With that low iodine result I think you should be taking iodine. Here in the UK there are now many pre-natal supplements containing iodine due to the high incidence of iodine deficiency in pregnant women, and I read the same is true in Australia (just google something like australia + pregnancy + iodine for many articles and research papers on the subject).

However, having said that if you have high TPOAb’s iodine is thought to drive them higher by increasing activity in the thyroid, and elevated TPOAb’s have been found to be associated fertility issues & increased miscarriage. All this is further compounded by you medicating Levothyroxine that contains a certain amount of iodine but may not be quite beneficial enough for a deficiency prior to conception.

You are between a rock and a hard place.

Also elevated RT3 could be indirectly influencing your menstrual cycle by creating low FT3 levels. RT3 itself is inert but the enzymes that converts T4 to RT3 congruently convert our precious T3 to an inactive form called T2. Elevated RT3 should be avoided but the problem is in establishing what is driving it.

Have you got ranges (numbers in brackets) for cortisol result. It is looking low as mornings should be the highest reading of the day.

Also ranges for iron results. Low iron is a big cause of RT3 on this forum.

TSH is low (which is great for conception). Thyroid hormones are a good level after introducing T3, although I agree with gg in that I would have initially added further Levo because with conception in mind it will be the T4 levels that are used as guide for the further increments required for a healthy pregnancy.

Miss81 profile image
Miss81 in reply to radd

Thank you for answering. It helps a lot. You seem to also be quite knowledgeable so thank you. My saliva morning cortisol level was 11 (Range 13-25) so it’s very low.

I can not comprehend how I was left on just levothyroxin and didn’t know I wasn’t concerting it properly from t4 to T3 and the endo didn’t say anything! That caused my high RT3 my low cortisol and my irregular. Cycles , missing cycles, and high fsh in 20s and 35 oestradiol level on day 2 when before any of this I was normal. 🤦🏻‍♀️😢please help.

radd profile image
radd in reply to Miss81

Miss81,

Many do well on Levothyroxine but equally many do not and so find their way to our forum.

What does your endo say about your deficient cortisol level?

Have you got iron test ranges?

Miss81 profile image
Miss81 in reply to radd

I am not seeing any endo atm they are a lost hope.

I did iron transfusion recommended by doctor results are above somewhere seem ok.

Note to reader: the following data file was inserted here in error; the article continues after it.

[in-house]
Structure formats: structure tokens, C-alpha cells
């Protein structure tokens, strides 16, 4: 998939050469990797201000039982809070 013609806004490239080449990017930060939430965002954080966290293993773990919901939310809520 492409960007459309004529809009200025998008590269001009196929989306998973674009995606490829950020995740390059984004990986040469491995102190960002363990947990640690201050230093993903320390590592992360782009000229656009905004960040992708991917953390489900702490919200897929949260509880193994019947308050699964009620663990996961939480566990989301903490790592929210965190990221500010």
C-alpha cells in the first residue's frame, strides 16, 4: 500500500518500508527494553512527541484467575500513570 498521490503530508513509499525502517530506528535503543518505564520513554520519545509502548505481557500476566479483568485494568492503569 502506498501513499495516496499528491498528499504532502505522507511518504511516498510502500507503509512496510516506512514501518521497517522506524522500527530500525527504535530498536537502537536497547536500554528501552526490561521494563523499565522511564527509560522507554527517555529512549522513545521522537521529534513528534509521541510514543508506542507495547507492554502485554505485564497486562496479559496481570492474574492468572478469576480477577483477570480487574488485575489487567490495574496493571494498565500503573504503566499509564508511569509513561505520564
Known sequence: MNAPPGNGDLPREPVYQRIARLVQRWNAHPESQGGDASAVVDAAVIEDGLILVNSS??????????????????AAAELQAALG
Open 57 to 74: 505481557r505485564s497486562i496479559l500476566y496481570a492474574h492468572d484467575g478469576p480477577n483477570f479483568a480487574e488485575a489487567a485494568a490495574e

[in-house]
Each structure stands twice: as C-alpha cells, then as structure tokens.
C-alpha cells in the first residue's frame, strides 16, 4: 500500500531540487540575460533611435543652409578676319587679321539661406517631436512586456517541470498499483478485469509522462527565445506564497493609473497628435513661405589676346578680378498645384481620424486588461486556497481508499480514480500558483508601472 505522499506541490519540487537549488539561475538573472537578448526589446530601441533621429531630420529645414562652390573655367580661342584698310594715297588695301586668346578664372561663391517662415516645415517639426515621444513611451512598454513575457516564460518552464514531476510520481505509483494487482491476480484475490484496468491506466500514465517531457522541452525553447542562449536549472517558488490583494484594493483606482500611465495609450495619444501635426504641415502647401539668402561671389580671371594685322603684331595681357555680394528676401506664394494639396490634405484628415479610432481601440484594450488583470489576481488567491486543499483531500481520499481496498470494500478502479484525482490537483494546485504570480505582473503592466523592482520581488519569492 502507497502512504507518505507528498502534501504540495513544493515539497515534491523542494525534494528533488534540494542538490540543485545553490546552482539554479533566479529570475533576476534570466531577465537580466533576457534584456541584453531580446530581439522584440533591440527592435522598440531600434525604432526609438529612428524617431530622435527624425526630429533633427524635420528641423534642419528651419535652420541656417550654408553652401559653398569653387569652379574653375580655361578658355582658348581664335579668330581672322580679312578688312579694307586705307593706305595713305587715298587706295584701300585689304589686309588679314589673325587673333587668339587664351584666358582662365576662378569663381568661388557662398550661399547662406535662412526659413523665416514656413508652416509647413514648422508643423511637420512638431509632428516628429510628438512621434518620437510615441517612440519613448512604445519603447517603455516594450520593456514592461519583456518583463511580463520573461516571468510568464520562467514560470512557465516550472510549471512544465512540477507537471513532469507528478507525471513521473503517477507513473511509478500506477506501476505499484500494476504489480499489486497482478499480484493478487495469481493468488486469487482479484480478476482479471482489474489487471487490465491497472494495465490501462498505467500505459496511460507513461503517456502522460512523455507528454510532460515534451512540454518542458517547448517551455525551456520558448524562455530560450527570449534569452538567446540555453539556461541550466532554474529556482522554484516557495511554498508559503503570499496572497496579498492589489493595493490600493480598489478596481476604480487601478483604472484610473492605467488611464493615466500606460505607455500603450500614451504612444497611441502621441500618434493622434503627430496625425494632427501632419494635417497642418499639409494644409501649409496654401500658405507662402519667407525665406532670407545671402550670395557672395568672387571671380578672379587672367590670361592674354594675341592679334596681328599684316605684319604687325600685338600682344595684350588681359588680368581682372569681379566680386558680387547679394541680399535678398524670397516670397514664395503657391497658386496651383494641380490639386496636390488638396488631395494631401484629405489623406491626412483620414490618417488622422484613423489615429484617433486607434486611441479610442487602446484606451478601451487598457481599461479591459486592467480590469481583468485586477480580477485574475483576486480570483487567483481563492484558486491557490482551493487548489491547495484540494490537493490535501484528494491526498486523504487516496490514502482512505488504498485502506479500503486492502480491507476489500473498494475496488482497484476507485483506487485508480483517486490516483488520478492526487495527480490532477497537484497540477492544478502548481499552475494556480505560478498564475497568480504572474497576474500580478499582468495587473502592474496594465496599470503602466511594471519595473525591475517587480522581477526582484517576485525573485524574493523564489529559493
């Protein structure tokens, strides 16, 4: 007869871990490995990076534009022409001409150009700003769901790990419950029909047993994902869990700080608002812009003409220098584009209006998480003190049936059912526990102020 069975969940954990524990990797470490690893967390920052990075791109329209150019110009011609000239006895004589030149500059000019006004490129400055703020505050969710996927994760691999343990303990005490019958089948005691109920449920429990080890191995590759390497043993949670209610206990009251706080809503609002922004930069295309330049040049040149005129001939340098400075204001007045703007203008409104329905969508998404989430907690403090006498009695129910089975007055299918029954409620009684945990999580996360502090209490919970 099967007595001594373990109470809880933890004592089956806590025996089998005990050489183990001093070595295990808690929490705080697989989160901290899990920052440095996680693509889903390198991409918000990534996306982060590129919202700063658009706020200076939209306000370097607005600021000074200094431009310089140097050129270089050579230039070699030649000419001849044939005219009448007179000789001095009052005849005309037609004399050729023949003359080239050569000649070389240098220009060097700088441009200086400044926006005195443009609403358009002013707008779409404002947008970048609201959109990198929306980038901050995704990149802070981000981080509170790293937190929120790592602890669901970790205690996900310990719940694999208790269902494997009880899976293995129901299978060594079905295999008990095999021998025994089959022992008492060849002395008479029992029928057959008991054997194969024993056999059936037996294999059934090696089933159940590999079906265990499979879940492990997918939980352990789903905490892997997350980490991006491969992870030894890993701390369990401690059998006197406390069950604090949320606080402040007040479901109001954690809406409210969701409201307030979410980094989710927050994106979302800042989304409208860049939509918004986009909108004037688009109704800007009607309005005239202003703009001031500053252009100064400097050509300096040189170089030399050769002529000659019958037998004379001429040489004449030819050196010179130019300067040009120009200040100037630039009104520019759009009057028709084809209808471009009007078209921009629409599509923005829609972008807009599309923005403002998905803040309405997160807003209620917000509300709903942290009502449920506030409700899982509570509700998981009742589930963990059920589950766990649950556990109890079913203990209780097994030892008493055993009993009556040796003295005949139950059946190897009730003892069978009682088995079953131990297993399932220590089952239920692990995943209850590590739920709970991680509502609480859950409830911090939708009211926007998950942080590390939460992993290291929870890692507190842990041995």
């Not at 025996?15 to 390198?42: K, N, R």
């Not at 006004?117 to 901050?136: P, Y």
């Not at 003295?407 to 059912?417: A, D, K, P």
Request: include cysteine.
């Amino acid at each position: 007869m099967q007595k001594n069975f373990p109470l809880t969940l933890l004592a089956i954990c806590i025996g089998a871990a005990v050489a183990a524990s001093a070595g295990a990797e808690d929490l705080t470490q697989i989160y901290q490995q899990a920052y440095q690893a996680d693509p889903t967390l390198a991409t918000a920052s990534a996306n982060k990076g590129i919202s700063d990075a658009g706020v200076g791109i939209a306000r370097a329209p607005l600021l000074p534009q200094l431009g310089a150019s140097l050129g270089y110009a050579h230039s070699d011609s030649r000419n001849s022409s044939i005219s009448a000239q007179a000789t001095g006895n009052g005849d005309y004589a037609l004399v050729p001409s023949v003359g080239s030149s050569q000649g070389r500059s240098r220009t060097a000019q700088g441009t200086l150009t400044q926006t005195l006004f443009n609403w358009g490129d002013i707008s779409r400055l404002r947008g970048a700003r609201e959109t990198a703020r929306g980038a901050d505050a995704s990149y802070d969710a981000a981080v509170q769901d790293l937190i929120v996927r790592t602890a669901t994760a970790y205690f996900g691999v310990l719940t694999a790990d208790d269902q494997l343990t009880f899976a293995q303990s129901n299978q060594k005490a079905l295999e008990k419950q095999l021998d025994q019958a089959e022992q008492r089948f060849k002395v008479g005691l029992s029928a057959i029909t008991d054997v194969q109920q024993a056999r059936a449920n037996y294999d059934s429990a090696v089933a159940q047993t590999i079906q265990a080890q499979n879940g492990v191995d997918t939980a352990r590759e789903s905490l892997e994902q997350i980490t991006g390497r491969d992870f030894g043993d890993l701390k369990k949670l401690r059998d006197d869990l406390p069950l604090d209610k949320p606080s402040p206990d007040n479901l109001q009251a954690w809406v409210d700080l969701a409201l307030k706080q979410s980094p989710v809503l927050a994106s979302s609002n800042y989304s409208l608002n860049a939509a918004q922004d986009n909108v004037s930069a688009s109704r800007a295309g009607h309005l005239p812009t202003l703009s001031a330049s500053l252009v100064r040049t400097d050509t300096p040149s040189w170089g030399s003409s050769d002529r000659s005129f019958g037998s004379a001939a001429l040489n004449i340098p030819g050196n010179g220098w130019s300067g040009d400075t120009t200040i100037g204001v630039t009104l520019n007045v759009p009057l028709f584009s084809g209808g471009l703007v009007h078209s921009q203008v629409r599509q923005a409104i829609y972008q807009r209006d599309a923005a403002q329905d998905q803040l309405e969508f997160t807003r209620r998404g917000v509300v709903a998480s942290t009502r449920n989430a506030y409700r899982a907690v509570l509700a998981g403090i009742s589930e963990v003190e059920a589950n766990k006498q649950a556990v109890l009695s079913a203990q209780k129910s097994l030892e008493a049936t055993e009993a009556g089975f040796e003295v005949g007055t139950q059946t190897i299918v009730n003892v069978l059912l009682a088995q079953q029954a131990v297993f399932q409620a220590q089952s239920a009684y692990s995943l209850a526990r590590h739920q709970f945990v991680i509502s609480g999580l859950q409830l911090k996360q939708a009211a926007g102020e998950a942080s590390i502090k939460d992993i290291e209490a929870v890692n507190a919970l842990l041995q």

radd profile image
radd in reply to Miss81

Miss81,

I can't see any iron ranges, only that others have already asked you for them.

An iron transfusion would indicate previously deficiency. Adequate iron levels are notoriously hard to maintain with previous deficiency in the presence of low thyroid hormone because you have only addressed the deficiency and not the cause.

Both low iron and low cortisol risk impairing good thyroid hormone function that would be driving RT3 higher.

Miss81 profile image
Miss81 in reply to radd

But I fixed the iron and I am not even sure it needed fixing ferratin was 50 now it’s 150. I am also on spartone to make other iron levels high. Anyways, my RT3 was tested 3 months after iron transfusion and it’s very high so not sure iron has anything to do with it

radd profile image
radd in reply to Miss81

Miss81

Ferritin is only a protein to store iron and can be very mis-representional of actual iron levels themselves.

Clearance of excess RT3 is dependant upon all health conditions & deficiencies being addressed and usually takes many months.

Miss81 profile image
Miss81 in reply to radd

Also it’s all so confusing. You say “risk impearing good thyroid function” but on the other hand I am on meds which suppress your thyroid and not add onto it. Is my thyroid even functioning at all when on meds?

radd profile image
radd in reply to Miss81

Miss81,

Yes, it is immensely confusing because hormones interact and influence each other. No hormone works in isolation and FSH may elevate or reduce in hypothyroidism depending upon degree and duration, and other hormonal state.

I wrote 'good thyroid hormone function' because we need adequate levels of certain cofactors to make hormones work effectively. The paradox is the very nutrients we need to make meds work effectively are the very ones that hypothyroidism encourages deficiency in, ie iron, VitB12, folate, and Vit D.

Your thyroids ability to secrete hormone is dependant upon degree of gland damage/atrophy and amount of thyroid hormone replacement med, as yes, meds can suppress function.

It is possible to have under-range cortisol levels without an adrenal insufficiency diagnosis because I have been there too. It is concerning and needs addressing otherwise it will be difficult to get everything else working correctly. On those results you should ask for a referral to an endo and be offered an SST to assess adrenals response to ACTH.

You have received a huge amount of good advice above but if you can't supply test results and ranges it is difficult for members to suggest options or offer you their experiences. Reread above and especially SlowDragons reply that refers to the very basics in trying to recover good hormones levels and encourage better well being.

You may also like...